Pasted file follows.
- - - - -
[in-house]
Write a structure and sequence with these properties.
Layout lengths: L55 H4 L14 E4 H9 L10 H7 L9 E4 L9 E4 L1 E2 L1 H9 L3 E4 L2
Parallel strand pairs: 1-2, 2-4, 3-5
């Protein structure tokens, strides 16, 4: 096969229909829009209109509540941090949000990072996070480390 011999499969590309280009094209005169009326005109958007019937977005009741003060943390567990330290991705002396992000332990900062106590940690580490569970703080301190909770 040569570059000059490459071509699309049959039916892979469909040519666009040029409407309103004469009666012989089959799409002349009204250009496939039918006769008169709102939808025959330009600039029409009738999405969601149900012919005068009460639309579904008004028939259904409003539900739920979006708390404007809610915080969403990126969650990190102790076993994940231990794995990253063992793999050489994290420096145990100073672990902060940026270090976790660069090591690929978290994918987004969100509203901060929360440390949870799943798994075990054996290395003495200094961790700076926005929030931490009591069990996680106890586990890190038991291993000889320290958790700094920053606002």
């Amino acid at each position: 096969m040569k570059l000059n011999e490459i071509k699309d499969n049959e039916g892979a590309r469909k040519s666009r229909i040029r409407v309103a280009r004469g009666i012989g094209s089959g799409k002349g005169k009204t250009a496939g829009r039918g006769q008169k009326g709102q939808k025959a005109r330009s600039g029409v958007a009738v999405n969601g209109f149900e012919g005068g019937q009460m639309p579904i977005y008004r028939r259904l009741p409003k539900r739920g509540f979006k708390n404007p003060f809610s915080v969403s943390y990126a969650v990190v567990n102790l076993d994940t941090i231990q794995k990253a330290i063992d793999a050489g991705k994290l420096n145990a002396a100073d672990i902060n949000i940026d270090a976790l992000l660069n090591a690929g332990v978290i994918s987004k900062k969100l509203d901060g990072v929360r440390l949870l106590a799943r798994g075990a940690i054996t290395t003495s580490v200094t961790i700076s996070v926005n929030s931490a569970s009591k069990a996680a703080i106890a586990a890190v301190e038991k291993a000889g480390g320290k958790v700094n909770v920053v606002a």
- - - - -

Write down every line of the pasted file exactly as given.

[in-house]
Write a structure and sequence with these properties.
Layout lengths: L55 H4 L14 E4 H9 L10 H7 L9 E4 L9 E4 L1 E2 L1 H9 L3 E4 L2
Parallel strand pairs: 1-2, 2-4, 3-5
């Protein structure tokens, strides 16, 4: 096969229909829009209109509540941090949000990072996070480390 011999499969590309280009094209005169009326005109958007019937977005009741003060943390567990330290991705002396992000332990900062106590940690580490569970703080301190909770 040569570059000059490459071509699309049959039916892979469909040519666009040029409407309103004469009666012989089959799409002349009204250009496939039918006769008169709102939808025959330009600039029409009738999405969601149900012919005068009460639309579904008004028939259904409003539900739920979006708390404007809610915080969403990126969650990190102790076993994940231990794995990253063992793999050489994290420096145990100073672990902060940026270090976790660069090591690929978290994918987004969100509203901060929360440390949870799943798994075990054996290395003495200094961790700076926005929030931490009591069990996680106890586990890190038991291993000889320290958790700094920053606002």
């Amino acid at each position: 096969m040569k570059l000059n011999e490459i071509k699309d499969n049959e039916g892979a590309r469909k040519s666009r229909i040029r409407v309103a280009r004469g009666i012989g094209s089959g799409k002349g005169k009204t250009a496939g829009r039918g006769q008169k009326g709102q939808k025959a005109r330009s600039g029409v958007a009738v999405n969601g209109f149900e012919g005068g019937q009460m639309p579904i977005y008004r028939r259904l009741p409003k539900r739920g509540f979006k708390n404007p003060f809610s915080v969403s943390y990126a969650v990190v567990n102790l076993d994940t941090i231990q794995k990253a330290i063992d793999a050489g991705k994290l420096n145990a002396a100073d672990i902060n949000i940026d270090a976790l992000l660069n090591a690929g332990v978290i994918s987004k900062k969100l509203d901060g990072v929360r440390l949870l106590a799943r798994g075990a940690i054996t290395t003495s580490v200094t961790i700076s996070v926005n929030s931490a569970s009591k069990a996680a703080i106890a586990a890190v301190e038991k291993a000889g480390g320290k958790v700094n909770v920053v606002a």